# Homework Help: Solving problems involving forces

1. Jul 14, 2016

### afifbaha

1. The problem statement, all variables and given/known data
A loaded barge has a mass of 1.5exponent6 kg and its travelling at 3 metres per second. If a tugboat applies an opposing force of 1.2exponent4 N for 10s

What is it final velocity?
How long does it take to stop

2. Relevant equations
F = ma
F = m(v-u)/t

3. The attempt at a solution

2. Jul 14, 2016

### CWatters

3. Jul 14, 2016

### afifbaha

Ive subtituted all the values given in the formula. From then, i couldnt figure out the next step

4. Jul 14, 2016

### CWatters

It's best NOT to substitute values at the outset. The problem asks for the final velocity. Try rearranging the second equation to give an equation for the final velocity. Show your working.

5. Jul 14, 2016

### afifbaha

So can i substitute F on the second equation with the value of N given in the question. It says that it is an opposing force. So i have to do F-N = m(v-u)/t. Right? Then i will have 2 unknowns F and V. What now?

6. Jul 14, 2016

### CWatters

No it's easier than that. The "N" in the question just stands for Newtons the unit of force not another variable.

|F| = 1.2 * 104 Newtons

Actually you need to think about the sign.

7. Jul 14, 2016

### haruspex

The second question is a bit unclear. I think it means, how long will it take to stop if the same force continues?

8. Jul 14, 2016

### TomHart

I think haruspex is right that the question is asking how long it will take to stop if the same opposing force from the tugboat continues. The reason is because I think this problem is intended to be equivalent to an object sliding on a frictionless surface. In reality, a barge and a tugboat is not that situation because of the varying resistance of the water. So I think a barge and tugboat is really not a good choice for a problem of this nature.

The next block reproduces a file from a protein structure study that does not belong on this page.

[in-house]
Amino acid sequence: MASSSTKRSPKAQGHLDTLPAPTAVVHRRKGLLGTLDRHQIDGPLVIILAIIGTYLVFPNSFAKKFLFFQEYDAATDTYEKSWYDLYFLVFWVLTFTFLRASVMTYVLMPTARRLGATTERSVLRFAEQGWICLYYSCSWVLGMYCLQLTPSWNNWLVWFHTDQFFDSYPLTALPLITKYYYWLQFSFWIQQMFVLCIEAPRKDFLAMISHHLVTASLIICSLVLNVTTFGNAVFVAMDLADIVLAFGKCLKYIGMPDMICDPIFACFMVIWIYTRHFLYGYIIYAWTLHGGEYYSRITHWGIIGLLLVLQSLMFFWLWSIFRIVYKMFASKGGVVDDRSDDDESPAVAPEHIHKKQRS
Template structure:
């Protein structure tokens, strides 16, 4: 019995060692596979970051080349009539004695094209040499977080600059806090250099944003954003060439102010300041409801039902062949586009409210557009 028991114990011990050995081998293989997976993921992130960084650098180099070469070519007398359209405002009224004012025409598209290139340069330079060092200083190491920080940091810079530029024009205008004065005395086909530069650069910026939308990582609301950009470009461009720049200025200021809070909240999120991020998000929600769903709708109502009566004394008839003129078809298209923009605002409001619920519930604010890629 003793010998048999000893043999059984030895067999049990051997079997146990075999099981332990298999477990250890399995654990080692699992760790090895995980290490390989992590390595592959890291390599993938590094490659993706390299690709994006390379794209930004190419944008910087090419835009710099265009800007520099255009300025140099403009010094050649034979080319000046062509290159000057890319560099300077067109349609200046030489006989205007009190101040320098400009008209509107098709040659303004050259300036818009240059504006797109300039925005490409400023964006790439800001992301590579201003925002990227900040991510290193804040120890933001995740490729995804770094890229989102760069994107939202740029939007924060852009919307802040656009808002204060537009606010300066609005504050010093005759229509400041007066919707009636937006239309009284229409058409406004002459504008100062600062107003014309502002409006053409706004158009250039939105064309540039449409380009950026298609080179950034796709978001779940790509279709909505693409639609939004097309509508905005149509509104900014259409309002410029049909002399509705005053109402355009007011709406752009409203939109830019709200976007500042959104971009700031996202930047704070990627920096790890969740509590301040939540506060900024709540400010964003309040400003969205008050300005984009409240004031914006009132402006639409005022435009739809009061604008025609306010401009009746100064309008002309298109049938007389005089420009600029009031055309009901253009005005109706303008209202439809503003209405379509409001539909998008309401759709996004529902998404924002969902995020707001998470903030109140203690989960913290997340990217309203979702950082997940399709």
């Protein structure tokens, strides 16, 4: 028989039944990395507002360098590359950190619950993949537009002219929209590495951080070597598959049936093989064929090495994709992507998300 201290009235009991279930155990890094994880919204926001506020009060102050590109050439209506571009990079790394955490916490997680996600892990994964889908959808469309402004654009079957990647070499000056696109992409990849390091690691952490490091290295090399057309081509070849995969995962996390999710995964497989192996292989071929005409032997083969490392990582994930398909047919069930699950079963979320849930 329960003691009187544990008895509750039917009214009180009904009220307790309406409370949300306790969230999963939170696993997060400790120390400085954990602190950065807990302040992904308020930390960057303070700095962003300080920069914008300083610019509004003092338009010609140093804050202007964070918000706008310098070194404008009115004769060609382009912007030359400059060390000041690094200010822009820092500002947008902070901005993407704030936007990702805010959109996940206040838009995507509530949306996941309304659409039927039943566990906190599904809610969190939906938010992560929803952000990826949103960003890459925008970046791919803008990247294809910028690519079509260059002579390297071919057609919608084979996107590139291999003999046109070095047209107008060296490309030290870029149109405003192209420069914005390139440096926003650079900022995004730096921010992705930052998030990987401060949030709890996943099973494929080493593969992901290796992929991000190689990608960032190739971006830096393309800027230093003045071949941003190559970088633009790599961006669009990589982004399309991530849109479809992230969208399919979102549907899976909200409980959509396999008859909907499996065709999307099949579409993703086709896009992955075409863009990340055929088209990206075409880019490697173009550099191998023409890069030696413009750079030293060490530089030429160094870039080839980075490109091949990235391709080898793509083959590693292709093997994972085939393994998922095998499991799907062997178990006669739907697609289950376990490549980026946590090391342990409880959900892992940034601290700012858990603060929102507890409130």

I also had to look up the equation F = m(v - u)/t because I didn't know what it meant. Maybe I am revealing my age, but I remember V = Vo + at, which would rearrange to F = m(V-Vo)/t. But afifbaha, please use the equation that you listed and are familiar with: F = m(v-u)/t

So as CWatters said, try rearranging the equation to solve for the unknown.
In the first part of the problem, the final velocity is the unknown. In the second part of the problem, the final velocity is given and time is the unknown.

And like CWatters pointed out, 'N' is not a variable; it is a symbol for Newtons - a unit of force, like 'lb' for pounds.

Sorry to be so wordy, but this is my very first post after my introduction.
~ inept new guy

9. Jul 14, 2016

I suggest to use momentum & impuls equation

10. Jul 14, 2016

Actually your second equation is the simple impuls equation,
You can solve the first question with your second equation, just subtitute and solve...

11. Jul 15, 2016

### CWatters

I think we should let the OP attempt the problem again offering more help.

12. Jul 16, 2016

### afifbaha

I knew that N is newtons. What i was saying was for F in F=ma, the F is net force which means it has to be subtracted with any other forces. In this case it has to be subtracted with the opposing force right? That is what i meant.

13. Jul 16, 2016

### CWatters

As far as I can see the tug is the only force acting on the barge - at least no other forces are stated in the problem.

14. Jul 16, 2016

### afifbaha

Ya thats what i was figuring out. Anybody else could help?

15. Jul 16, 2016

### haruspex

CWatters is saying (and I agree) that you should consider the tug's arresting pull as the only horizontal force on the barge. Of course, in reality, there would be drag from the water, but that would be very small in comparison.